Home retail media PubMatic Buys (And Sells) Into Commerce Media

PubMatic Buys (And Sells) Into Commerce Media

PubMatic Convert

PubMatic is entering the commerce media fray.

On Tuesday, the SSP launched a self-service ad platform called Convert built for commerce media – retail media networks, shopper marketing, call it what you may. Coles 360, which is the data-driven ad business of Coles supermarkets, as well as Lyft Media, dentsu, IPG Mediabrands, MiQ and Wallapop are among the launch partners.

PubMatic surveyed retail and ecommerce companies and its advertising partners and saw an opportunity to earn its place in what Peter Barry, VP of addressability and commerce media, termed a “confused and cluttered” space.

Some retail chains have ad businesses that easily clear 20 mar tech and ad tech vendors.

“There’s a certain amount of fatigue around how many platforms [retailers] can log in to, how many partners they can work with,” Barry said.

On the buy side, the commerce complexity comes in the form of the countless retail platforms, each with its own hybrid mix of walled garden and open programmatic data policies.

Head to head

Retail media is a cluttered space.

So why add another vendor?

Barry frames PubMatic’s offering as a kind of header bidding solution, but geared toward the sponsored listings ads that make up most of retail media.


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Consider a regional grocery chain that has exclusive partnerships with one or two ad tech vendors, which operate search and sponsored listings for the site. That’s a common setup.

By defaulting to so few partners, that retailer narrows its demand. Searches like “chips” and “soda” may always have brands in stock that compete for search terms. But some customer searches may not have active buyers. The grocer would default to organic listings.

It’s not the end of the world, but it is a missed revenue opportunity for the site.

Web publishers embraced header bidding because, despite calls for ad tech consolidation and outright removal, yield managers like keeping their options open to different pathways for demand. PubMatic’s bet is that many retail sites, online marketplace sites and shopping apps will embrace additional tech partners that bring incremental new business.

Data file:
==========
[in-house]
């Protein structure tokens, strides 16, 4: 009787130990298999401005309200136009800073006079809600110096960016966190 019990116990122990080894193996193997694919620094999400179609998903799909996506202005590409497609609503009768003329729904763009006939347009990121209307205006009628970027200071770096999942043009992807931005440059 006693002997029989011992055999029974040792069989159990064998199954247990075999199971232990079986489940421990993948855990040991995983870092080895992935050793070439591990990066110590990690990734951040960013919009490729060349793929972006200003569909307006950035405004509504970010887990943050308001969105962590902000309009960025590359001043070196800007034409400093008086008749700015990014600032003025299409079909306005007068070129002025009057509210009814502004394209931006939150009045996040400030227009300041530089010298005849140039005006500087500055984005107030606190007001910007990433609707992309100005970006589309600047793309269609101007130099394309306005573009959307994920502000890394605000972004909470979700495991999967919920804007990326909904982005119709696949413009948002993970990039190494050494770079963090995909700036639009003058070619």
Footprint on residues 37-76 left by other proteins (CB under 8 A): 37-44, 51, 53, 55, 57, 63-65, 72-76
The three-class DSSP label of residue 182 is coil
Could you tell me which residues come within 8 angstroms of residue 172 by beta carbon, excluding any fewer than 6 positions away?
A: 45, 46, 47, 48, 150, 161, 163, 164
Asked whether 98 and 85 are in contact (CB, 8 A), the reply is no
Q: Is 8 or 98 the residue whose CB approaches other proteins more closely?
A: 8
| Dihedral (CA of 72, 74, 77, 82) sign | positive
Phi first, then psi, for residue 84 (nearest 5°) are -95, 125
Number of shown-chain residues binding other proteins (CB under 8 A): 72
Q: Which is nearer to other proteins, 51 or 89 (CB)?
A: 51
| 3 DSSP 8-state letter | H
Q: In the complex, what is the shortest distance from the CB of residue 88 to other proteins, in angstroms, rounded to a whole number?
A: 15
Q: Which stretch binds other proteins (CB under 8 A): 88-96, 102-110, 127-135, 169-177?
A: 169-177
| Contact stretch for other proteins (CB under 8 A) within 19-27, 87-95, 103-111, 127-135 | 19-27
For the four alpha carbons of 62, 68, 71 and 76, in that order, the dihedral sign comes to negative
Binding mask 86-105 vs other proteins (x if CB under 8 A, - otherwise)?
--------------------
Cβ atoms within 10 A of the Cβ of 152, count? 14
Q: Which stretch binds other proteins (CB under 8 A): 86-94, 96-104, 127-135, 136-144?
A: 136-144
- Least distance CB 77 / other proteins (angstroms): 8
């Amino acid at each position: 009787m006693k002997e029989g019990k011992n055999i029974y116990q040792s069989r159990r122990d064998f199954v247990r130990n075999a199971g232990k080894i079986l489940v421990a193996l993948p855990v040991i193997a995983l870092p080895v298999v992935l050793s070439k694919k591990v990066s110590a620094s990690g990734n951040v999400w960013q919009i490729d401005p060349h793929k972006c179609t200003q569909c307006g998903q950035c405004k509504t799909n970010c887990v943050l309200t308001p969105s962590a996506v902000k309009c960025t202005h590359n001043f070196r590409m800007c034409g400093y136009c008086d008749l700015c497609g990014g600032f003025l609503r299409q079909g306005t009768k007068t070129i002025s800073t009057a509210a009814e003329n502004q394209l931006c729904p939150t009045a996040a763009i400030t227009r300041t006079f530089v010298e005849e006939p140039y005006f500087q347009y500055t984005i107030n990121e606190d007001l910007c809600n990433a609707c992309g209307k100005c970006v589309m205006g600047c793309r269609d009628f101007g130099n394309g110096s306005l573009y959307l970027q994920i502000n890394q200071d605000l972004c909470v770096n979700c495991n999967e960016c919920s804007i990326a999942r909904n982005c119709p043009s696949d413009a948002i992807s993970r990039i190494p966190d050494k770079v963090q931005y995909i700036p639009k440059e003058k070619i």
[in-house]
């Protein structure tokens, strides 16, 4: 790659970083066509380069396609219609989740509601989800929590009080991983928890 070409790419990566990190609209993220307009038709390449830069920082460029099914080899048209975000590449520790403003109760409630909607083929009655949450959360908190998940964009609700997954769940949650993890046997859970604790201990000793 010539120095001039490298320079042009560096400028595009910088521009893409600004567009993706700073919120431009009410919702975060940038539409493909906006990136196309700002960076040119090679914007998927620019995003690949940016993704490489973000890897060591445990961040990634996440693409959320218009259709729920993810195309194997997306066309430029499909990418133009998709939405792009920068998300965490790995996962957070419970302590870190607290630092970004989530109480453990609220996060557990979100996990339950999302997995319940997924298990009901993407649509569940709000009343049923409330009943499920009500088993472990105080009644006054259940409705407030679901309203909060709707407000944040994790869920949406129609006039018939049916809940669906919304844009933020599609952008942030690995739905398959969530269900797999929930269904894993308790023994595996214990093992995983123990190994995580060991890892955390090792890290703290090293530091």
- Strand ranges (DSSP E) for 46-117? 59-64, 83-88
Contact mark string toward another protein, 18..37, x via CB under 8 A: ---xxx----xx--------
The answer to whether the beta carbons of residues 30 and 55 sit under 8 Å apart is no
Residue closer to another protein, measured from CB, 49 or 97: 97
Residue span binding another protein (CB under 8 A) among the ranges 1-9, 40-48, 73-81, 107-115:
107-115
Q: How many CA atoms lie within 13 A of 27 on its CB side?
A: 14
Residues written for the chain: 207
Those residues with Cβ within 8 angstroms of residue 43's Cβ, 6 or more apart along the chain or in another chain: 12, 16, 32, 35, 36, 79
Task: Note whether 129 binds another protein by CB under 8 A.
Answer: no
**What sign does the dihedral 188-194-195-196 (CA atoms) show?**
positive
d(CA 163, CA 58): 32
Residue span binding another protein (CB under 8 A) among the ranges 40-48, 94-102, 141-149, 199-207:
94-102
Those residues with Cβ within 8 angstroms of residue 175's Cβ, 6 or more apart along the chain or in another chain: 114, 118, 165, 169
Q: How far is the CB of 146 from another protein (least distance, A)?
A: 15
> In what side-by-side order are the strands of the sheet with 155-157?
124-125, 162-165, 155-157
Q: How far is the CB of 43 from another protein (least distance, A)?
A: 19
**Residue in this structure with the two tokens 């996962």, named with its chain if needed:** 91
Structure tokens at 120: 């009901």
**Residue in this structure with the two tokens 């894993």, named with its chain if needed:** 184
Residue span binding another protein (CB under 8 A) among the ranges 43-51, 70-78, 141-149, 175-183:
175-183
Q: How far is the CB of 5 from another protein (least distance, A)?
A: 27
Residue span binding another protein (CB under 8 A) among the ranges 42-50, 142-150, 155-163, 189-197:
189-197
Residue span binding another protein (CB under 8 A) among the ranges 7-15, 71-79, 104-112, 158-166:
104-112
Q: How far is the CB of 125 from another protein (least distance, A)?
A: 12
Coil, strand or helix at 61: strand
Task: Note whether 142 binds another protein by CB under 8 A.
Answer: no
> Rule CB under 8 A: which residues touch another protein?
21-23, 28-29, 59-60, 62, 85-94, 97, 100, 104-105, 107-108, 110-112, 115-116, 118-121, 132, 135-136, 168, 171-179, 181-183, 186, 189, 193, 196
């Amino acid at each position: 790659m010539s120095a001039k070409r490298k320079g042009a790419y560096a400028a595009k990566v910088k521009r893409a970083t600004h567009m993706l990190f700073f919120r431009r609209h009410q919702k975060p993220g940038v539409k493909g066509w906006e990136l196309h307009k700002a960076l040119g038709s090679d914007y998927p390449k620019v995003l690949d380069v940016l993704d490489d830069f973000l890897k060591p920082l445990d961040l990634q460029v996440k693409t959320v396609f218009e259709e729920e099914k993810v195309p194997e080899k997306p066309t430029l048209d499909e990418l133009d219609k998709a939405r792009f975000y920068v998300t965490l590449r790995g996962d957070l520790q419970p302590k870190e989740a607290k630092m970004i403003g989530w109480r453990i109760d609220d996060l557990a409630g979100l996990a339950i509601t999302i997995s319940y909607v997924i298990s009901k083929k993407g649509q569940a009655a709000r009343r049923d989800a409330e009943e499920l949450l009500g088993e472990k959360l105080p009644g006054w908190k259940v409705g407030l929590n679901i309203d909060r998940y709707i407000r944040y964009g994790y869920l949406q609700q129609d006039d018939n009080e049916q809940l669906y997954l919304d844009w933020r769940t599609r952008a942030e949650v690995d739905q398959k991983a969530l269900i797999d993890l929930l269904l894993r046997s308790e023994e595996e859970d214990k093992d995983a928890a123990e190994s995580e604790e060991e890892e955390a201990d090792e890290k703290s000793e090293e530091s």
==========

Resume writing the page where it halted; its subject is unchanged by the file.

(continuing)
Opening up

The reason PubMatic created a dedicated retail platform rather than slot Convert into the existing cross-platform product comes down to the nuances of sponsored listings.

Sponsored listings represent a good three-fifths of commerce media right now, Barry said, and are sold on a cost-per-click model. That’s different from the CPM-based sales of other offerings, so it’s difficult to bundle, he said. “You have to build specifically for it.”

And PubMatic is simplifying the retail media network landscape in one clean swoop by removing retailers that sell on a walled garden model.

The Walmart DSP built on The Trade Desk, for instance, strips campaign IDs from reporting and only self-reports conversions (i.e., it’s a walled garden).

For retailers that take a “small hedged garden” route but still remove campaign IDs, Barry said PubMatic isn’t buying in.

Not that PubMatic wouldn’t be in touch, he said, about the opportunity to open up their data and supply for the wider programmatic industry.

The vast majority of PubMatic’s 1,700-plus publisher clients aren’t in retail or ecommerce, so they wouldn’t be actively involved in the product. But they still benefit from retail media growth, Barry said.

For instance, Kroger Precision Marketing (KPM), the grocer’s data and ad biz, uses PubMatic for audience extension campaigns, which he said is the SSP’s fastest-growing channel across all supply in commerce media.

The programmatic audience extensions also open up a chance for retailers to earn revenue from nonendemic advertisers.

A vitamin and supplement company might target people who buy organic groceries and expensive skincare products, for instance. Life insurance companies are looking for diaper purchasers, sorry to say.

“As the space becomes more competitive and their competitors start offering certain data sets that give them an advantage,” Barry said, “retailers that were reticent before will probably come to the table.”

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